Woodworm and Timber pests

The existence of timber framed buildings dating back from the medieval ages and the widespread use of timber in modern structural applications (floor joists, roof purlins etc.) has emphasised the risk that Woodworm and other timber pests may pose. Consequently, if left untreated, these insects can cause significant damage, which can result in catastrophic results.

Many people confuse the term Woodworm with a beetle species type, however the term is actually a generic reference to the beetles during the larvae stage of their lifecycle, which is the period when beetles cause timber decay.

There are a number of different beetles, which can cause damage to timber; these include Common Furniture, House Longhorn, Deathwatch beetles and the Wood boring weevils. Please see the article, identification of beetles in building timbers.

Woodworm generally needs favourable conditions in which to propagate, with damp unseasoned timber being most at risk. Incidences where timbers have become wet, through e.g. a roof leak, drainage or plumbing problem, which has been unresolved for a considerable time, may result in insect infestations.

Insect Infestations can affect properties of all ages, although this is most prominent and severe in older buildings which are no longer used and heated, whilst still contain untreated and exposed timber e.g. floor joists imbedded within the wall etc

The main risk with Woodworm is the threat of structural damage, through the displacement of timber, a result of insect burrowing and feeding, creating fissures and cracks, which can significantly weaken a structural timber beam.

How to identify Woodworm?

There are tell tale signs to look out for, when inspecting timbers for the presence of woodworm and or beetle infestation.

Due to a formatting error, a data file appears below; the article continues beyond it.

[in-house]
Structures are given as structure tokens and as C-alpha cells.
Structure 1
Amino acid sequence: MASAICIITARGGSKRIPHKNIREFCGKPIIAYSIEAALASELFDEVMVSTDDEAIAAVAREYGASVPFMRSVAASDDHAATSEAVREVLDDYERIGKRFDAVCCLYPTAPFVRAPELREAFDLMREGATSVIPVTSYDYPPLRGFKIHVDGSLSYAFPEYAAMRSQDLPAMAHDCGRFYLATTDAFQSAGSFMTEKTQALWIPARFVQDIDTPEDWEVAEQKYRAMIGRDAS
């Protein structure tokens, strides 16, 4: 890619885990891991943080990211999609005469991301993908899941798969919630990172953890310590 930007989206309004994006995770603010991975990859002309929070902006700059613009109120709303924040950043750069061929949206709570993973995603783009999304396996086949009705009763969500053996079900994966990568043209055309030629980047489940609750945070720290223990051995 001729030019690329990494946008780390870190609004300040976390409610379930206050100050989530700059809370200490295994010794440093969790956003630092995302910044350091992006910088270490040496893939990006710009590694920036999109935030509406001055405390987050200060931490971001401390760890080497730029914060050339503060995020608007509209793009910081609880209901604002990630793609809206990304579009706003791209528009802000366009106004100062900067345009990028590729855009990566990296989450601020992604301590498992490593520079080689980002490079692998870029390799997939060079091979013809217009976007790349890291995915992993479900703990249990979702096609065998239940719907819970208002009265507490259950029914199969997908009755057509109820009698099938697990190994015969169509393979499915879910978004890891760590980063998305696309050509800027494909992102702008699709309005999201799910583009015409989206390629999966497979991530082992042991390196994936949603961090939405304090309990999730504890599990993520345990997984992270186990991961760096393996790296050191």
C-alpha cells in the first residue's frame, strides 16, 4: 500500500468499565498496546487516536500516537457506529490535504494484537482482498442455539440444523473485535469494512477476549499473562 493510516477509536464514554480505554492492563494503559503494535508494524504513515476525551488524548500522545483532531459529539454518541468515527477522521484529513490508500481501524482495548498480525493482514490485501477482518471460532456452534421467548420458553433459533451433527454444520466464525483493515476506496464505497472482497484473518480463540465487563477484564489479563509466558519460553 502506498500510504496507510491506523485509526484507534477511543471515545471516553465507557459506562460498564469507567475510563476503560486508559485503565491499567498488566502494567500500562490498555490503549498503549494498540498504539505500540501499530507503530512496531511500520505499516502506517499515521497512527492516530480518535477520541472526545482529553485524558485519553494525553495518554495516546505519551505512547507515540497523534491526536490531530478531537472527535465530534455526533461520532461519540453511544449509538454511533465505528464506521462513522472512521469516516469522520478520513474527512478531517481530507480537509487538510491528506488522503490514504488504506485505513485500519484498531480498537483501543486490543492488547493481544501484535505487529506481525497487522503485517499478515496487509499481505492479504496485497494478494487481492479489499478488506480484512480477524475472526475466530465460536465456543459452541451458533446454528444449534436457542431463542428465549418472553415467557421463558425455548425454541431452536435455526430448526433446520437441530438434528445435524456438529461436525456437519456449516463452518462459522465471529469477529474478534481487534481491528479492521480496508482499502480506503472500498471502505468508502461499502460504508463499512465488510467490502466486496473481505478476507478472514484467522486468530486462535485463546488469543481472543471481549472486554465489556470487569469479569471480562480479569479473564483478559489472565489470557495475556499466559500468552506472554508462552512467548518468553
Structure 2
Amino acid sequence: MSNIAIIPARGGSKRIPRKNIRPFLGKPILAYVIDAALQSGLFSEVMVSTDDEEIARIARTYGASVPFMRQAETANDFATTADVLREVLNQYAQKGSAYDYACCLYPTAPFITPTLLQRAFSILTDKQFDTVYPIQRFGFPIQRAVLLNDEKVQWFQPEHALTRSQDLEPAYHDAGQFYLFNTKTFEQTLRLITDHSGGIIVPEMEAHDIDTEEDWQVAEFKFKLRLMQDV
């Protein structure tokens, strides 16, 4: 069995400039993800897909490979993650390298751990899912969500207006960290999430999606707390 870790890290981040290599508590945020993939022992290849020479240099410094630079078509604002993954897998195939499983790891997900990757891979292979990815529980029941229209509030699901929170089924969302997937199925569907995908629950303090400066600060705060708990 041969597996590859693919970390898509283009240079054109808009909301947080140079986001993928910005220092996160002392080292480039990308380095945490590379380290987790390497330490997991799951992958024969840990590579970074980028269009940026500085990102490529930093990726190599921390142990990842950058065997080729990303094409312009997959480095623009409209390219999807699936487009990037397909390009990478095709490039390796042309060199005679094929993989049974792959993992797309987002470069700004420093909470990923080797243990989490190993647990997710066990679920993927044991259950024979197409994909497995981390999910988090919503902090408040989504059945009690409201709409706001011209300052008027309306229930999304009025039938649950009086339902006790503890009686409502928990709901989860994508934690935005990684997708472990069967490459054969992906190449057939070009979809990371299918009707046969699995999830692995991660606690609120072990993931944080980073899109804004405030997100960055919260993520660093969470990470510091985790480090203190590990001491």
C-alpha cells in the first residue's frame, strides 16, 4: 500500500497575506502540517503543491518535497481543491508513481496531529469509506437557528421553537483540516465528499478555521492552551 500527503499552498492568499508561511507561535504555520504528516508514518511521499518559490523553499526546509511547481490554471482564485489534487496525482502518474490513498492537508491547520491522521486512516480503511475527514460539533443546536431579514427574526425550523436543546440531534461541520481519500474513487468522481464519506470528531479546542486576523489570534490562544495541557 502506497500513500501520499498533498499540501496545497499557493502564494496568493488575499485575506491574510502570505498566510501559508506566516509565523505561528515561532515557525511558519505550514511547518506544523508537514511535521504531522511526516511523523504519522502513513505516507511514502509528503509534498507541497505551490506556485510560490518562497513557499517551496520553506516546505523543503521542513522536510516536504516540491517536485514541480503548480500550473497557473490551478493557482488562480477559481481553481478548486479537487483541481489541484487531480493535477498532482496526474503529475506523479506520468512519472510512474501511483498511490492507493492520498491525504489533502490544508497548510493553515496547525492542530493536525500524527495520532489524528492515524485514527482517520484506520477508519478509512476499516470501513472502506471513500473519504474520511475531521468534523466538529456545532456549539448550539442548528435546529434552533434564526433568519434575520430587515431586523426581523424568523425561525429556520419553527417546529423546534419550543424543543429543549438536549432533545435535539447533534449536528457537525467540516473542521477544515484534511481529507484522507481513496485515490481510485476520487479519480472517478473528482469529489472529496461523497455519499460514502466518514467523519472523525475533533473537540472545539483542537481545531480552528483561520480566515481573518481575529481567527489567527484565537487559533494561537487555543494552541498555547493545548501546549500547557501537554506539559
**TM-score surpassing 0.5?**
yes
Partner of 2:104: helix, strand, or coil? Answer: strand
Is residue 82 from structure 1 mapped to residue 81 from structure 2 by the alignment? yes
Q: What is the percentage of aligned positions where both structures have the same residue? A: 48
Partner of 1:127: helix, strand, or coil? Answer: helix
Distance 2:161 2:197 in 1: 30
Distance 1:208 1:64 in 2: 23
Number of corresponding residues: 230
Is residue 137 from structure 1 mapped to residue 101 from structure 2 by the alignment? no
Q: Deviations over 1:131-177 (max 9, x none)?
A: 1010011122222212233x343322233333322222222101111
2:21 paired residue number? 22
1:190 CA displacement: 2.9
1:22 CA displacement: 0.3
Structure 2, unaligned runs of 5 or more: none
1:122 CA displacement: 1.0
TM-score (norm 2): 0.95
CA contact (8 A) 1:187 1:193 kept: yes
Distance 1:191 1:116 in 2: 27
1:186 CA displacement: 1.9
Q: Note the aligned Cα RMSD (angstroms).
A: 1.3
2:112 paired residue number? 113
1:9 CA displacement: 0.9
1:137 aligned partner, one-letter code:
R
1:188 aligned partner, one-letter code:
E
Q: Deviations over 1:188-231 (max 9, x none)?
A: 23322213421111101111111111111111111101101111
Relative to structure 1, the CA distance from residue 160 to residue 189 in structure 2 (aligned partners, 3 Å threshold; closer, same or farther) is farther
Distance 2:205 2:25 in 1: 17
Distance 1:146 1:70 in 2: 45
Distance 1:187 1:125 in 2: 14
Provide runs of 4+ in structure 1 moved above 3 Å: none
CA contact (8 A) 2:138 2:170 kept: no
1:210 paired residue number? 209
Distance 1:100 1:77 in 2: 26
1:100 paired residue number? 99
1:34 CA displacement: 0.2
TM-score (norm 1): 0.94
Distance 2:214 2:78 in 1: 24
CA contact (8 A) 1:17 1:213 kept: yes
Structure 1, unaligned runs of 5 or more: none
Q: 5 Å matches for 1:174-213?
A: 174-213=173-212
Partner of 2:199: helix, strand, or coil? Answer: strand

The most important consideration is whether the infestation is live or not. This is difficult to ascertain from the untrained eye alone, however there are key aspects to look out for, as outlined below.

These include:

  • Clean, pale Exit holes (or flight holes/ Compass holes)  – This indicates the beetles have emerged for mating. Identify size and shape of the holes to ascertain beetle type. Old flight holes may have become darker with age.
  • Fissures, Cracks – Beetle larvae often create tunnels, which appear as fissures or cracks, as they burrow to the surface. Although, this should not be confused with shrinkage cracks, from the natural wood drying process.
  • Bore Dust (Frass) –The faeces of active woodworm, which are often left, as the beetle has eaten its way out of the wood to the surface. This appears like gritty sawdust. Dust may also appear beneath the timber surface, and may be more pronounced at different times of the year.
  • Favourable conditions – The ideal conditions for beetle infestation is newly seasoned ‘fresh’ green timber, which has been left in damp, unvented and humid conditions. In such conditions, it is also likely that you may find wet/ dry rot and other nasty problems.


It should also be borne in mind that evidence of flight or exit holes, does not conclusively mean a live infestation is present, merely indicating that woodworm has occurred in the past.